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March 05, 2022

Remaining employees suffer the most after downsizing: report

You can't open a newspaper or scan a web site with seeing another item about corporate layoffs.

And while downsizing is clearly devastating for those being let go, it’s the survivors that often have the worst time of it.

Quite often, the still-employed, who by all rights should be grateful for having jobs, end up resenting their bosses, hampering their performance at the same time.

If people are fired for cause, you can always rationalize that they deserved it. But when it’s an equally qualified peer, the typical result for those left behind is a lot of emotional baggage, including fear, uncertainty, grief, guilt and mistrust.

Workforce experts call it layoff survivor’s syndrome.

And why not? Fewer hands on deck means more work for those still around, which can lead to resentment, especially if the survivors don't feel the company is committed to their future and that they’re probably the next to go anyway.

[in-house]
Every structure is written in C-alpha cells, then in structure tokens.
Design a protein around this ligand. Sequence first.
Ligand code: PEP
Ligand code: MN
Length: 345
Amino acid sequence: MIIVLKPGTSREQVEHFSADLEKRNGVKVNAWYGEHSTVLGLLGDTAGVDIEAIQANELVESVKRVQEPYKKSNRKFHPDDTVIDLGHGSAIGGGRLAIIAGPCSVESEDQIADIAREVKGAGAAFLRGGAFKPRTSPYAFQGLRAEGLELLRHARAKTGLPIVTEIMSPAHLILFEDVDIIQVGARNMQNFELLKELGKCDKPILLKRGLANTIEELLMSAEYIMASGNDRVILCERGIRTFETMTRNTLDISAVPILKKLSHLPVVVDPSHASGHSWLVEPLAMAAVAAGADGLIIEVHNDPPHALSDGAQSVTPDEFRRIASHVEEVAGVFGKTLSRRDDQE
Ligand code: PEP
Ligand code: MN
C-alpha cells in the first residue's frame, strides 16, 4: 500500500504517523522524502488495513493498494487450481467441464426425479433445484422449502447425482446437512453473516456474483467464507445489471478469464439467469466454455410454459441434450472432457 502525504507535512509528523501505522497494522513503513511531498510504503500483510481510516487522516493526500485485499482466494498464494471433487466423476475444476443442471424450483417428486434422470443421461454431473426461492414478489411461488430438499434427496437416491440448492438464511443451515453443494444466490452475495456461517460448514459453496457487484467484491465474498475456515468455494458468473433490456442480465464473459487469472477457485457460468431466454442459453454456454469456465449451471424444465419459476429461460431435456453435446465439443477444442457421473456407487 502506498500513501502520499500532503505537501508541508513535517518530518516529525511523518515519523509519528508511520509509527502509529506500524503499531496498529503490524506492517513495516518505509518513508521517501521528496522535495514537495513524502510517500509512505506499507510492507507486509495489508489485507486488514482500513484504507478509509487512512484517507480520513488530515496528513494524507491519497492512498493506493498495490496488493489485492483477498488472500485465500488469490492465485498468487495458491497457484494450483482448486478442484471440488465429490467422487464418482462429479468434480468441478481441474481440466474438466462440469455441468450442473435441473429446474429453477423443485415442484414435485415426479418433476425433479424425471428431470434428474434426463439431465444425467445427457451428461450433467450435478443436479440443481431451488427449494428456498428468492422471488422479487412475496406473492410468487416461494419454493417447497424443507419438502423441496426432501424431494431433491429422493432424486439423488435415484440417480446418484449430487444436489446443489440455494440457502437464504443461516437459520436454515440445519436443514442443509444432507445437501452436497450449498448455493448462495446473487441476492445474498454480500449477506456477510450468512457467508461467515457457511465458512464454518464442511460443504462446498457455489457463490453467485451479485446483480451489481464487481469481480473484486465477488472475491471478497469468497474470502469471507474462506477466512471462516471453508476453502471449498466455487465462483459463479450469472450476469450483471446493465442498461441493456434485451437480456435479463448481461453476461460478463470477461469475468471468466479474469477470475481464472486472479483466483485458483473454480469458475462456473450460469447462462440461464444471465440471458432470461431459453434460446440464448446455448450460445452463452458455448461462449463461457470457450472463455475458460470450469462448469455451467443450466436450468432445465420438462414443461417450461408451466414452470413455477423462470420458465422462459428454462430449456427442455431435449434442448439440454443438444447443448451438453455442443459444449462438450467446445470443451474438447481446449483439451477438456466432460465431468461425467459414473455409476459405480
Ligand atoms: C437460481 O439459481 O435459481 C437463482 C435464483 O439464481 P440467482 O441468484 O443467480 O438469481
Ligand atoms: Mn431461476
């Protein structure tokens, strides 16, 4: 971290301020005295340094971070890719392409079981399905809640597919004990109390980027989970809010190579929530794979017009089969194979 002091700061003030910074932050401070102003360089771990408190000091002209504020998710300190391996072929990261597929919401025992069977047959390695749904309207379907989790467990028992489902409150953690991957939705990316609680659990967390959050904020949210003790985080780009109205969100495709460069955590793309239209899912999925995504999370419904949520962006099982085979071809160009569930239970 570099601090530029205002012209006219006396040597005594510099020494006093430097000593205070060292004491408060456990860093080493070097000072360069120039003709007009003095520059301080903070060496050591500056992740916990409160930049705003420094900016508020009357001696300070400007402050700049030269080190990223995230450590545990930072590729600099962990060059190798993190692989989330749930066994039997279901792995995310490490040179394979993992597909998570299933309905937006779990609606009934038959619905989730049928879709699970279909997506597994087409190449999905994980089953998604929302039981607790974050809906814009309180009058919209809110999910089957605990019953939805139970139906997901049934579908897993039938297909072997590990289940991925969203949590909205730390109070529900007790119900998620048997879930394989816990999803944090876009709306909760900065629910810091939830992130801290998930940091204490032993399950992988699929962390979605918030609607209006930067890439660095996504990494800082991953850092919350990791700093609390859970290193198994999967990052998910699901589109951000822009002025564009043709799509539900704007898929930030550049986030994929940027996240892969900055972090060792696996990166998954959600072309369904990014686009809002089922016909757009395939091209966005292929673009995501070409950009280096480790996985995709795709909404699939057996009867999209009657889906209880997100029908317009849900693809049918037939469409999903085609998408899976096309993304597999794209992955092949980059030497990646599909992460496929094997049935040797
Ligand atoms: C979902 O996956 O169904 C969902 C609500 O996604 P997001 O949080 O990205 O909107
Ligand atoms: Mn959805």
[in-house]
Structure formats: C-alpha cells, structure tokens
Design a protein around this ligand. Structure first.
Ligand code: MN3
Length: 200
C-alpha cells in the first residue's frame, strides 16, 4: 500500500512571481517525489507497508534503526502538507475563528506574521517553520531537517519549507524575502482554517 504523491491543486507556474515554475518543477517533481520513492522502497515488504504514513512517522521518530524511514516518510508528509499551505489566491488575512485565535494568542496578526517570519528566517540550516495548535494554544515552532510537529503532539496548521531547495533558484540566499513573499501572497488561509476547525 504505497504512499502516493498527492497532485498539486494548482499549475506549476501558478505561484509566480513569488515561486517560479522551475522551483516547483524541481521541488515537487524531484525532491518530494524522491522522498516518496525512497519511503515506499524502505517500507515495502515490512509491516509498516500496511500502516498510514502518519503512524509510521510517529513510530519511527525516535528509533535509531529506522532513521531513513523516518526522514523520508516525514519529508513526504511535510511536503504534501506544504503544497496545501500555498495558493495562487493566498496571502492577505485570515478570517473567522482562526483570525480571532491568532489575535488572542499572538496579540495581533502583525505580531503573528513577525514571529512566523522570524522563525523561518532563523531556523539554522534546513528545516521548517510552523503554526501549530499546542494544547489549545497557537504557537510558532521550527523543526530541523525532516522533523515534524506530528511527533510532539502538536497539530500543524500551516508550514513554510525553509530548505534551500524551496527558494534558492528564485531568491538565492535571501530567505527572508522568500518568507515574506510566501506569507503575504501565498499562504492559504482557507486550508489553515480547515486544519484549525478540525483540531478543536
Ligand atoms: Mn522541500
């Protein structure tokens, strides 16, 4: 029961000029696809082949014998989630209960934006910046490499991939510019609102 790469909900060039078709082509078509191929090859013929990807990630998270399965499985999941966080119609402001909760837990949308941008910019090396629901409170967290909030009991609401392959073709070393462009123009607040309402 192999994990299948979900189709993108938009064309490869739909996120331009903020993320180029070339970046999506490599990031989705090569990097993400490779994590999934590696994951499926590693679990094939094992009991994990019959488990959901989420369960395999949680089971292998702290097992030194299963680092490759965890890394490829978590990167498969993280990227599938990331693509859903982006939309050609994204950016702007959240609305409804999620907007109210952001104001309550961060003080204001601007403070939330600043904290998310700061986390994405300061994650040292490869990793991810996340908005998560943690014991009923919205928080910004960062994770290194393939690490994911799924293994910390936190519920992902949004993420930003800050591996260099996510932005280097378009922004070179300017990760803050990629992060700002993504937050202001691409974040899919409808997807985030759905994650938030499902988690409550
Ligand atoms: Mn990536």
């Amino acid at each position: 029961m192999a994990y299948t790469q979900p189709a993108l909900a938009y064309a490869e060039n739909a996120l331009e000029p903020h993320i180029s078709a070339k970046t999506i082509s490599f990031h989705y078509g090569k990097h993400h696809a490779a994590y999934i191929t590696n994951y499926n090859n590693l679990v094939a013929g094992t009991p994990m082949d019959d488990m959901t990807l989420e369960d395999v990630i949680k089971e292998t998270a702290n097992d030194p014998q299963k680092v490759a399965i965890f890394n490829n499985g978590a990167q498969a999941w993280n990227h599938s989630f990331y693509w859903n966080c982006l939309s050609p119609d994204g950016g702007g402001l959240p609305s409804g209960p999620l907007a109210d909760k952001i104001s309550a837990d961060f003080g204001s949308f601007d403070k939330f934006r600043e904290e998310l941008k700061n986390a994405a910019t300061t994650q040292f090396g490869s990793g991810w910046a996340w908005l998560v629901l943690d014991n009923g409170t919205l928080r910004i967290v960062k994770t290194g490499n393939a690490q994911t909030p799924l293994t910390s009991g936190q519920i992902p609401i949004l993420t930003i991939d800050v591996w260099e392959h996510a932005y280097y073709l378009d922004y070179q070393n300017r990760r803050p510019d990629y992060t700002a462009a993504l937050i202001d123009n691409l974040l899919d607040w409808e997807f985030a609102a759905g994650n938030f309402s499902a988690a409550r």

It’s not as if all this is a secret. According to a recent study from the Human Capital Institute, most employers contemplating layoffs rank decreased levels of morale (71%) and reduced loyalty (62%) among remaining employees as their major hurdles.

The solution, HCI maintains, is an effective outplacement program that includes coaching and guidance from consultants; self-marketing materials; skill building and coaching; job leads and networking connections; and access to online resources.

Sounds good in theory ... unless you’re one of those on the receiving end.

What happened when you were shown the door? Or are you one of those dealing with survivor guilt?

By Gordon Powers, MSN Money



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Gordon PowersGordon Powers

A long-time fund company executive, Gordon Powers now heads up the Affinity Group, a financial services consulting firm. Gordon was a personal finance columnist for the Globe & Mail for many years, has taught retirement planning...

Jason BucklandJason Buckland

The modern-day MC Hammer of money, Jason can often be seen spending cash that isn’t his with the efficiency of a Wilt Chamberlain first date. After cutting his teeth as a reporter for the Toronto Sun, he joined the MSN Money team with...